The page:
"[…] Possible cancer hazards from pesticide residues in food have been much discussed and hotly debated in the scientific lit- erature, the popular press, the political arena, and the courts. Consumer opinion surveys indicate that much of the U.S. pub- lic believes that pesticide residues in food are a serious cancer hazard (Opinion Research Corporation, 1990). In contrast, epi- demiologic studies indicate that the major preventable risk factors for cancer are smoking, dietary imbalances, endogenous hormones, and inflammation (e.g., from chronic infections). Other important factors include intense sun exposure, lack of physical activity, and excess alcohol consumption (Ames et al., 1995). The types of cancer deaths that have decreased since 1950 are primarily stomach, cervical, uterine, and colorectal. Overall cancer death rates in the United States (excluding lung cancer) have declined 19% since 1950 (Ries et al., 2000). The types that have increased are primarily lung cancer [87% is due to smoking, as are 31% of all cancer deaths in the United States (American Cancer Society, 2000)], melanoma (probably due to sunburns), and non-Hodgkin’s lymphoma.[…]"

source: https://toxnet.nlm.nih.gov/cpdb/pdfs...toxicology.pdf
 

·
Premium Member
Joined
·
452 Posts
Hello Eduardo,

In contrast, epi- demiologic studies indicate that the major preventable risk factors for cancer are smoking, dietary imbalances, endogenous hormones, and inflammation (e.g., from chronic infections). Other important factors include intense sun exposure, lack of physical activity, and excess alcohol consumption (Ames et al., 1995). The types of cancer deaths that have decreased since 1950 are primarily stomach, cervical, uterine, and colorectal. Overall cancer death rates in the United States (excluding lung cancer) have declined 19% since 1950 (Ries et al., 2000). The types that have increased are primarily lung cancer [87% is due to smoking, as are 31% of all cancer deaths in the United States (American Cancer Society, 2000)], melanoma (probably due to sunburns), and non-Hodgkin’s lymphoma.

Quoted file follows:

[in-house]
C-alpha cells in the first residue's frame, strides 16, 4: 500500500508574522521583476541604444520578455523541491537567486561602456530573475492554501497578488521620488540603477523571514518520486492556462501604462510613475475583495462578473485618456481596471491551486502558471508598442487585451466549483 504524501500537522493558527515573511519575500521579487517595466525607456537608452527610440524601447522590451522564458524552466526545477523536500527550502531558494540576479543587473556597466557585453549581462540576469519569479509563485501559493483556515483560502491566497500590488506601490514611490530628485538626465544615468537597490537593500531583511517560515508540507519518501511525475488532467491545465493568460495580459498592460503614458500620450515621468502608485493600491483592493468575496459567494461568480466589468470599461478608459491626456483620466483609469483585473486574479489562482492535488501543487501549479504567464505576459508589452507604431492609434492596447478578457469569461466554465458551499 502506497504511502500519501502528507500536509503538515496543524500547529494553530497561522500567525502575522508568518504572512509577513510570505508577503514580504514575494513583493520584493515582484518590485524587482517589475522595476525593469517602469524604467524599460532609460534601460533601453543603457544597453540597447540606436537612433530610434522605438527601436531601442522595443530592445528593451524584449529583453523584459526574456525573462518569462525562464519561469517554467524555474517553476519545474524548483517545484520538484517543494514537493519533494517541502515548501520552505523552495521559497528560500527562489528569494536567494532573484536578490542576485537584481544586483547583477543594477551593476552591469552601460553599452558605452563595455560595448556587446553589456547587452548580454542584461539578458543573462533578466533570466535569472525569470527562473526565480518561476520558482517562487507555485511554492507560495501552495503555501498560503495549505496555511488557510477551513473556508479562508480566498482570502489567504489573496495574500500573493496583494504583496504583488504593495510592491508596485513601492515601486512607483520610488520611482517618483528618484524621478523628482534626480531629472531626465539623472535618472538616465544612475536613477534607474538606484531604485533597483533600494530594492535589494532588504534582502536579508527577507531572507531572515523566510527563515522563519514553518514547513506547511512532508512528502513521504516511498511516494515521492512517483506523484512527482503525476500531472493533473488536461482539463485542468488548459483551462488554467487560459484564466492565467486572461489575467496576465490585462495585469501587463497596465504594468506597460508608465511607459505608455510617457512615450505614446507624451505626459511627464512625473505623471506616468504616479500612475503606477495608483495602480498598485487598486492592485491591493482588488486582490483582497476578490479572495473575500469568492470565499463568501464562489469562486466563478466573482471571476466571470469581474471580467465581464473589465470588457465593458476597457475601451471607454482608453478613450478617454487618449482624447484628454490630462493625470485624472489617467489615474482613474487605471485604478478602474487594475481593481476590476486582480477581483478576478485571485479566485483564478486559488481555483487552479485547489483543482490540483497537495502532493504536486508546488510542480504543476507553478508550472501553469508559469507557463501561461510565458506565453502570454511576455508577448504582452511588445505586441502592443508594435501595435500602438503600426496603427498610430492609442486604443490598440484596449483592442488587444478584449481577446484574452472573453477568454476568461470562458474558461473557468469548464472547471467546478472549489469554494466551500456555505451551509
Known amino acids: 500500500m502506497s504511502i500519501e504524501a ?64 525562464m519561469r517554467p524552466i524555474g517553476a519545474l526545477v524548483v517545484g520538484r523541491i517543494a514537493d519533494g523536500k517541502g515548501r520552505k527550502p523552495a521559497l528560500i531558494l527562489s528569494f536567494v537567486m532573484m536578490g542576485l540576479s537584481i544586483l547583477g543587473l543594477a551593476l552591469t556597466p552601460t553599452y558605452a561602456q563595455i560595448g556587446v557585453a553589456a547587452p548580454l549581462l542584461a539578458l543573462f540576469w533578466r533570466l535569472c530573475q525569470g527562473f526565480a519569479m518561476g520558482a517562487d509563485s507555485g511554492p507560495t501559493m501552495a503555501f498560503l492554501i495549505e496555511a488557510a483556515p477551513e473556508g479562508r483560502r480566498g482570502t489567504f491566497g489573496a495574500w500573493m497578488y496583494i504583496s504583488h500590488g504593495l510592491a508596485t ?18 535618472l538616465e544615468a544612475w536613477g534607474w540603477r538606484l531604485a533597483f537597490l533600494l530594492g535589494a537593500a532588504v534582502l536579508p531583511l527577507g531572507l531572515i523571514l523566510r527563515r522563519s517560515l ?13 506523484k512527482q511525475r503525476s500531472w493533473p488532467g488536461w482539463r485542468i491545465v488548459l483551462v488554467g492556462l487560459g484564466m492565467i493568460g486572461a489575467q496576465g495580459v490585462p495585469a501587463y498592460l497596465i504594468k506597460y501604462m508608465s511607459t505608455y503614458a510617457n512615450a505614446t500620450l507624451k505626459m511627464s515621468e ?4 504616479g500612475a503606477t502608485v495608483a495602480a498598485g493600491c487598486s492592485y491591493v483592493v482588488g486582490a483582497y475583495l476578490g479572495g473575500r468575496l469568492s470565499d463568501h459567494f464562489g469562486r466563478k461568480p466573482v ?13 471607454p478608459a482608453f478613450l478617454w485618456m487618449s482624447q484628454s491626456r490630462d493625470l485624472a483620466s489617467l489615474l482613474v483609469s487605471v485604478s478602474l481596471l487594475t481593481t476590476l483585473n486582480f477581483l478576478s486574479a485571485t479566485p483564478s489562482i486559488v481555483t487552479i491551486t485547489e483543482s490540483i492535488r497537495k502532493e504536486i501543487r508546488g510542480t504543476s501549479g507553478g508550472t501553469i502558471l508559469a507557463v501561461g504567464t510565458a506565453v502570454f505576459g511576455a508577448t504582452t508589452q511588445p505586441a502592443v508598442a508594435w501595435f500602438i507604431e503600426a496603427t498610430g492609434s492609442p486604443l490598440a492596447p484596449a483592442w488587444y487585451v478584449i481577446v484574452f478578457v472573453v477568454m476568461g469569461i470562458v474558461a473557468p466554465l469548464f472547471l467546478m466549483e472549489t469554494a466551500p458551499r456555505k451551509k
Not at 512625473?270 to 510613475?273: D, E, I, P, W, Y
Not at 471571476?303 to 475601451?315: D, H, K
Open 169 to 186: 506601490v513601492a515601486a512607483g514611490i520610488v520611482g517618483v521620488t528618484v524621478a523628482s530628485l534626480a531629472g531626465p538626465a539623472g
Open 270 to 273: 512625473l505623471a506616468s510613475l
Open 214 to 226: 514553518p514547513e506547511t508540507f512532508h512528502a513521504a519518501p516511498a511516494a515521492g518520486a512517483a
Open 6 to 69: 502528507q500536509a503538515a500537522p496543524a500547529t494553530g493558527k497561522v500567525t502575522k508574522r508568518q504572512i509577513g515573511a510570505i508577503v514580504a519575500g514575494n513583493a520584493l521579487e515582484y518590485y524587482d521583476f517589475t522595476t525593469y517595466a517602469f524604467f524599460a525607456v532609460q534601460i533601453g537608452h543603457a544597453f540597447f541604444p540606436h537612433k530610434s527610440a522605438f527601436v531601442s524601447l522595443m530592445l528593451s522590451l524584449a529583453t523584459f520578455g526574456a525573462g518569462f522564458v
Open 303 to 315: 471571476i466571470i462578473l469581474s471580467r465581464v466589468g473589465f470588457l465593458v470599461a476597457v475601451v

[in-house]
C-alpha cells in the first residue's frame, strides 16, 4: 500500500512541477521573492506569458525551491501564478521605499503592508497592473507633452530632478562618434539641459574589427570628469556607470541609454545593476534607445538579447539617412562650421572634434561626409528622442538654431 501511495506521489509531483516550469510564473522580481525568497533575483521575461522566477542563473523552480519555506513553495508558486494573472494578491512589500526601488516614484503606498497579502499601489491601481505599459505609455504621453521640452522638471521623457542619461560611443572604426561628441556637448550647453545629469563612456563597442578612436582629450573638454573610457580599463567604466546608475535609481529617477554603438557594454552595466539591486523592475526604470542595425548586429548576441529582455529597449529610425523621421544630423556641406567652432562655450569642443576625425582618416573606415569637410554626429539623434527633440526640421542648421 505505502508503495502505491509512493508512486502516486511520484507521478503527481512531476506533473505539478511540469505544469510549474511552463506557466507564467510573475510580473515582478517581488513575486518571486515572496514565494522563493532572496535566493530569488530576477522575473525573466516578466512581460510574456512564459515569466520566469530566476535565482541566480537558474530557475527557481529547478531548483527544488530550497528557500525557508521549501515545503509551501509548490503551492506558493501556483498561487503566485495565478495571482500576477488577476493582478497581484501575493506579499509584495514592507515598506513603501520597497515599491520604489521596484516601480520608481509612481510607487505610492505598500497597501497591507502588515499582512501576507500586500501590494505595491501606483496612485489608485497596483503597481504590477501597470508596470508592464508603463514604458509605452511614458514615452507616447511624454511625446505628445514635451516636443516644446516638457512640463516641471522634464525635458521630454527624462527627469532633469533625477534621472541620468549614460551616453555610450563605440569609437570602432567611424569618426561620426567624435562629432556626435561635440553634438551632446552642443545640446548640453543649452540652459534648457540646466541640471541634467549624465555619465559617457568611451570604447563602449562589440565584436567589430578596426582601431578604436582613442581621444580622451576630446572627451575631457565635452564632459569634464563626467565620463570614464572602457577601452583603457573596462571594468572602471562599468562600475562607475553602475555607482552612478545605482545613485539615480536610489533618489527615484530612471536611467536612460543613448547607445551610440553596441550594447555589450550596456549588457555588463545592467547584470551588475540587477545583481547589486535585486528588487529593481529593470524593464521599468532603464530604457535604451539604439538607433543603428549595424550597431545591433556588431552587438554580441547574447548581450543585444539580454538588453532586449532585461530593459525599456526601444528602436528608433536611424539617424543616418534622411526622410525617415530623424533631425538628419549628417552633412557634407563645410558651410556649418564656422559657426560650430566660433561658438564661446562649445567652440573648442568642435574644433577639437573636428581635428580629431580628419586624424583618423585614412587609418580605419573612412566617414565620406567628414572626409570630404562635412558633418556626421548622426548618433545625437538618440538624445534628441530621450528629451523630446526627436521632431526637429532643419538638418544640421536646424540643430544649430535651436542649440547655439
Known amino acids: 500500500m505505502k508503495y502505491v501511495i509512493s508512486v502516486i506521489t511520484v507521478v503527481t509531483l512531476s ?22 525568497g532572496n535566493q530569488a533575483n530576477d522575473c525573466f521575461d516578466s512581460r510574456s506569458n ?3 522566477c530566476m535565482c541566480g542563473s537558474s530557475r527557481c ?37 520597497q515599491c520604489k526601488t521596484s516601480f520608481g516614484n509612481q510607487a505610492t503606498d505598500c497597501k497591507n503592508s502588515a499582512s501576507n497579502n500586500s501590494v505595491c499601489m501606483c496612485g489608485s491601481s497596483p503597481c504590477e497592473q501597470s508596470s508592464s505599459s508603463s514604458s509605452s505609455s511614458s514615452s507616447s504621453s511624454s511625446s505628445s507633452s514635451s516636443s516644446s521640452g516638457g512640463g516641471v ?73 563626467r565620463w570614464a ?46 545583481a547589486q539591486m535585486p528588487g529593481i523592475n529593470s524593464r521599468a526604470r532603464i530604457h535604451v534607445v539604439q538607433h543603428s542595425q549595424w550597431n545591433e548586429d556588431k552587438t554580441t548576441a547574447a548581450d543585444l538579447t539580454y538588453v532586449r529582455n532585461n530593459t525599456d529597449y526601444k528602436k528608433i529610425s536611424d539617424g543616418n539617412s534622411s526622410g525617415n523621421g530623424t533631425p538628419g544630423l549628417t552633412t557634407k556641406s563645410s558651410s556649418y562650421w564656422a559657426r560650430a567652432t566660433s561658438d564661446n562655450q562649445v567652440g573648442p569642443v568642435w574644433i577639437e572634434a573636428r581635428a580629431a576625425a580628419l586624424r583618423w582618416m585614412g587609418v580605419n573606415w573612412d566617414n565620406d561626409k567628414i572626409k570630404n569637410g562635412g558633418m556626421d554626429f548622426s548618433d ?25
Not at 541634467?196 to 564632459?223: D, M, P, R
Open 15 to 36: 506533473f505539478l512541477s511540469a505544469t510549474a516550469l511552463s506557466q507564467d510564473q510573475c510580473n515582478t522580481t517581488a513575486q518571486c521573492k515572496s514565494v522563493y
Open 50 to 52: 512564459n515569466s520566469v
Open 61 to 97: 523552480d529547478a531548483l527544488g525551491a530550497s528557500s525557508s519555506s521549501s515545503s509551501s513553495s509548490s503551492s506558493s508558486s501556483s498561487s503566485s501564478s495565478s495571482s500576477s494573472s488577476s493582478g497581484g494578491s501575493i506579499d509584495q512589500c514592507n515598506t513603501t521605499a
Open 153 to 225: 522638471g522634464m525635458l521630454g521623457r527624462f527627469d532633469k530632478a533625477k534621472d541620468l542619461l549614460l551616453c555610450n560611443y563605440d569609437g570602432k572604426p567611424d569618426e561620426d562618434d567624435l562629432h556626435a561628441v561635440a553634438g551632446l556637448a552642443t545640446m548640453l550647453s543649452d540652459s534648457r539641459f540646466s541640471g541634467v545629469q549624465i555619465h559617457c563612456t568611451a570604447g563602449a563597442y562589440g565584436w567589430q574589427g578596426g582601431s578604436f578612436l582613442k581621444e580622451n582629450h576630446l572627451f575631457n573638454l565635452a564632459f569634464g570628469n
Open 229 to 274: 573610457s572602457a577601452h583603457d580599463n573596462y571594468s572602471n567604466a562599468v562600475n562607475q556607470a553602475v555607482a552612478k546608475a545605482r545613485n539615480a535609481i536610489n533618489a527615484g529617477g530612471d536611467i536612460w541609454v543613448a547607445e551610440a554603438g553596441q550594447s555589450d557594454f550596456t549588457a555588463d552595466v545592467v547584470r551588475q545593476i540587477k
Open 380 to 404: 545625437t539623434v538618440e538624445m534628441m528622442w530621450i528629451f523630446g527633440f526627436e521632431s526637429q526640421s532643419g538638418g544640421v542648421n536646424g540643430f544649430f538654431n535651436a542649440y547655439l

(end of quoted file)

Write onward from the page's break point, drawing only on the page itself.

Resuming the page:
A very interesting part from your discussion started in 2019 with no comments from anyone at all, I guess mainly because all agree? Would be surprising to me, more likely nobody cares or objects?

I like to look at our problems (or no-problems) with synthetic aids to produce & protect foods on my own family history.

My grandmother (mother side) passed of stomach cancer in 1944, age 54, she didn't have any contact to the food with PPP's (plant protection products) since they started after the 2nd WW and she never smoked.